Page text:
Synopsis by Hal Erickson
This for Remembrance, the autobiography of popular singer Rosemary Clooney (1928-2002), was the source for this made-for-TV biopic. Played herein by Sondra Locke, the Kentucky-born Clooney begins her career as one-half of a musical act with her sister Betty (Penelope Milford), performing at the election rallies of her politician uncle (John Karlen). Achieving radio popularity in Cincinnati, Ohio, Rosemary goes on to enjoy nationwide fame in the 1950s with such hit recordings as "Come On A' My House", "Tenderly" and "Hey There". Though her success in movies is negligible (White Christmas notwithstanding), she makes a huge impact on television, hosting several of her own weekly series. All the while, however, Rosemary's private life is in turmoil, due in great part to a tempestuous marriage to actor-director Jose Ferrer (played by, of all people, Tony Orlando). After the assassination of her great friend Robert Kennedy in 1968, Rosemary suffers a nervous breakdown, and it is many years before she is able to make a triumphant comeback on the concert trail. Rosemary Clooney herself serves as the singing voice of Sondra Locke, and also dubs in the tunes performed by the actress playing sister Betty. Had Rosie: The Rosemary Clooney Story aired on CBS a decade or so after its original telecast on December 18, 1982, mention might have been made of the subsequent success of Clooney's actor son Miguel Ferrer and her TV-star nephew George Clooney; there might even have been a re-enactment of Rosemary's third marriage, capriciously staged at a White Castle restaurant in Cincinnati.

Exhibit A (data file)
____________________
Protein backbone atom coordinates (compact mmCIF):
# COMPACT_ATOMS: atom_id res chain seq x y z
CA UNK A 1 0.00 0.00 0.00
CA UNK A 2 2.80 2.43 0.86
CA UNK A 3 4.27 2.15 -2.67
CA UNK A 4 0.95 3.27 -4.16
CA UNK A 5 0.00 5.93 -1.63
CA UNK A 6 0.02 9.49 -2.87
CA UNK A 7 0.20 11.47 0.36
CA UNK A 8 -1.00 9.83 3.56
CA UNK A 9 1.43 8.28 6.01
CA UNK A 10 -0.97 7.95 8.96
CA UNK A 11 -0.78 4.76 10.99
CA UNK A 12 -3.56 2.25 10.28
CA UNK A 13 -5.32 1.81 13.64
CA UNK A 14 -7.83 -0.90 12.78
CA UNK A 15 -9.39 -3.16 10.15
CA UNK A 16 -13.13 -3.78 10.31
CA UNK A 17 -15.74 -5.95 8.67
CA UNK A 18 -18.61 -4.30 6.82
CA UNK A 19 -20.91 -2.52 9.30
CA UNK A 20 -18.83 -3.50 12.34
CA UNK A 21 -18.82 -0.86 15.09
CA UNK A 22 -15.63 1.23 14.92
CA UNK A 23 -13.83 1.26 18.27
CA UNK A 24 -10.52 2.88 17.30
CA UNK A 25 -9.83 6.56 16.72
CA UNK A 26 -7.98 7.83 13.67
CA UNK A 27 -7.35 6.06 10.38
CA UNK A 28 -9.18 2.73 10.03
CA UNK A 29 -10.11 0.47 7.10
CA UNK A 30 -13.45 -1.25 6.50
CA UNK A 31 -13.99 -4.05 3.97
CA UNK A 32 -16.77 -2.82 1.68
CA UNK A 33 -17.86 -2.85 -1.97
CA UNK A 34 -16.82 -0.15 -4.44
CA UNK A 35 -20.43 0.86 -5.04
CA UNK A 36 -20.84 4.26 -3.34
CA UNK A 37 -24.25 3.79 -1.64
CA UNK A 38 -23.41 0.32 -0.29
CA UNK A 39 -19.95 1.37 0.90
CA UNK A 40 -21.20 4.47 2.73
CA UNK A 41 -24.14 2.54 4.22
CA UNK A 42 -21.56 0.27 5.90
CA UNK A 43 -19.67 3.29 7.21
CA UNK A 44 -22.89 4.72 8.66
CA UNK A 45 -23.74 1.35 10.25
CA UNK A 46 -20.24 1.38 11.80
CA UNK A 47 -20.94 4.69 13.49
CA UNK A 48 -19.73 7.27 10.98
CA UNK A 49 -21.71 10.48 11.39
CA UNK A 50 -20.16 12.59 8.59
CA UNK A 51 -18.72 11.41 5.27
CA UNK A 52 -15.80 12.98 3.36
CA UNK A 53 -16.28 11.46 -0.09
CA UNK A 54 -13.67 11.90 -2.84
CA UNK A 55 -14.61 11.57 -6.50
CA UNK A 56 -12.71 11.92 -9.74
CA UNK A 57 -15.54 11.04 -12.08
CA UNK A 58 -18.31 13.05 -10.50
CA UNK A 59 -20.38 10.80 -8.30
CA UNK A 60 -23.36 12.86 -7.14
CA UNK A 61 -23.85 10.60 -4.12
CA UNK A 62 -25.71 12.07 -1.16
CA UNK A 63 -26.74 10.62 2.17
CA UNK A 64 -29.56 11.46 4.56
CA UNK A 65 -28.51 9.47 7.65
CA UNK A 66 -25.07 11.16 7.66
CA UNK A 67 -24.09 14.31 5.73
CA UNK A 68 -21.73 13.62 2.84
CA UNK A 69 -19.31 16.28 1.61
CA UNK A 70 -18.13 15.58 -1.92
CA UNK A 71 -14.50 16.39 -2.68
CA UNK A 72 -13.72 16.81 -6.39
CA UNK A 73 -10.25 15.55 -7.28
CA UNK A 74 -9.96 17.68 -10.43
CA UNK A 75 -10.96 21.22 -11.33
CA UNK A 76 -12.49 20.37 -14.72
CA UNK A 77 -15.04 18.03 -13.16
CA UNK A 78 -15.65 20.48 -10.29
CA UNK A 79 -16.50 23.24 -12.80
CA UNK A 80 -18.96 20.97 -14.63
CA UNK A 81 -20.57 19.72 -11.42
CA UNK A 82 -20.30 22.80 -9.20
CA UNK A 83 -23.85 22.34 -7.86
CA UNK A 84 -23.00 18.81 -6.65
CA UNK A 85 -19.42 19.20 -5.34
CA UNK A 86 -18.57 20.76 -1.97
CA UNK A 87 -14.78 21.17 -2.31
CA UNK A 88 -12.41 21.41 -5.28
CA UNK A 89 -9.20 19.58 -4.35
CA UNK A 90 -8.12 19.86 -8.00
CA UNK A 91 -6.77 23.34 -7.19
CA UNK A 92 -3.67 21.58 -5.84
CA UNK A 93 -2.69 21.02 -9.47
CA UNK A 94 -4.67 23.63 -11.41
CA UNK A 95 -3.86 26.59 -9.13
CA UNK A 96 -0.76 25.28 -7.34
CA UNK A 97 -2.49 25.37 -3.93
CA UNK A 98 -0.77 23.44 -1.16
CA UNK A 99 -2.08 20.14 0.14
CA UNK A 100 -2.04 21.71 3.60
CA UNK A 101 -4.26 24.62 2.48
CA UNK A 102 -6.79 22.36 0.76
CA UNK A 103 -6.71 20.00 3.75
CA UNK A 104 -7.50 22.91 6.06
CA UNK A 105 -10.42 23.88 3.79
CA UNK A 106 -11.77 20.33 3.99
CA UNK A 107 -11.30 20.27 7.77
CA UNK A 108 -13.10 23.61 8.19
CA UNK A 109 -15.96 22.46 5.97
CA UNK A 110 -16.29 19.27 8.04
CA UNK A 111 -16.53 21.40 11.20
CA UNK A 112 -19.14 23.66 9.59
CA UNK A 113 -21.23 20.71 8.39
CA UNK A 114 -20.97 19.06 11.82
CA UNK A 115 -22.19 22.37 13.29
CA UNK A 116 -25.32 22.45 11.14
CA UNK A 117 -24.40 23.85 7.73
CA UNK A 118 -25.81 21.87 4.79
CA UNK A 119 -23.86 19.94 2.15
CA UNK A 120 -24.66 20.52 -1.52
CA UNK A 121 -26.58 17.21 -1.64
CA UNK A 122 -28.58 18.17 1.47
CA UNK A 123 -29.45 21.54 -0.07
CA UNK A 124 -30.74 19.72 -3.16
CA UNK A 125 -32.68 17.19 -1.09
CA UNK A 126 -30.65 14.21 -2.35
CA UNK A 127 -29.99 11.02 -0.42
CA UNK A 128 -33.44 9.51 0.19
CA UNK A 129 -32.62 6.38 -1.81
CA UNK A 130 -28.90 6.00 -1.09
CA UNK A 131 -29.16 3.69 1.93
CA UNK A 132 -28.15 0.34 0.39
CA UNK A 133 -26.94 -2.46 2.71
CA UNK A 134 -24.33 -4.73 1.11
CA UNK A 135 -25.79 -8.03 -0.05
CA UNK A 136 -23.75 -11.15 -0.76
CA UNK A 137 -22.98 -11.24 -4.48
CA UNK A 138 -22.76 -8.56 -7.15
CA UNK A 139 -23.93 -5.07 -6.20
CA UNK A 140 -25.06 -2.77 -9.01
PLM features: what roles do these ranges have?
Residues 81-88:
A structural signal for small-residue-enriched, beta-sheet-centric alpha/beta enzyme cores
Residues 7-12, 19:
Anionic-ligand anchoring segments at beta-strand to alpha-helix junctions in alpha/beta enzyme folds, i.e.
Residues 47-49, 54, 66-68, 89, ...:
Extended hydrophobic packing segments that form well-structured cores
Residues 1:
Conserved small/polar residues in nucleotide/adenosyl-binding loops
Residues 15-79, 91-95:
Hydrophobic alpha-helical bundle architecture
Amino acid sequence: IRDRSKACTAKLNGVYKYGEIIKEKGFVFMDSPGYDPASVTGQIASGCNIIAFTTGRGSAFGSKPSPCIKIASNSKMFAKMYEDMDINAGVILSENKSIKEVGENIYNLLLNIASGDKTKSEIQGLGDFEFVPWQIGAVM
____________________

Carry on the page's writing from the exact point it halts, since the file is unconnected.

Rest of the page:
autobiography, career, comeback, craziness, journey, radio, songwriter, stars [celebrities], success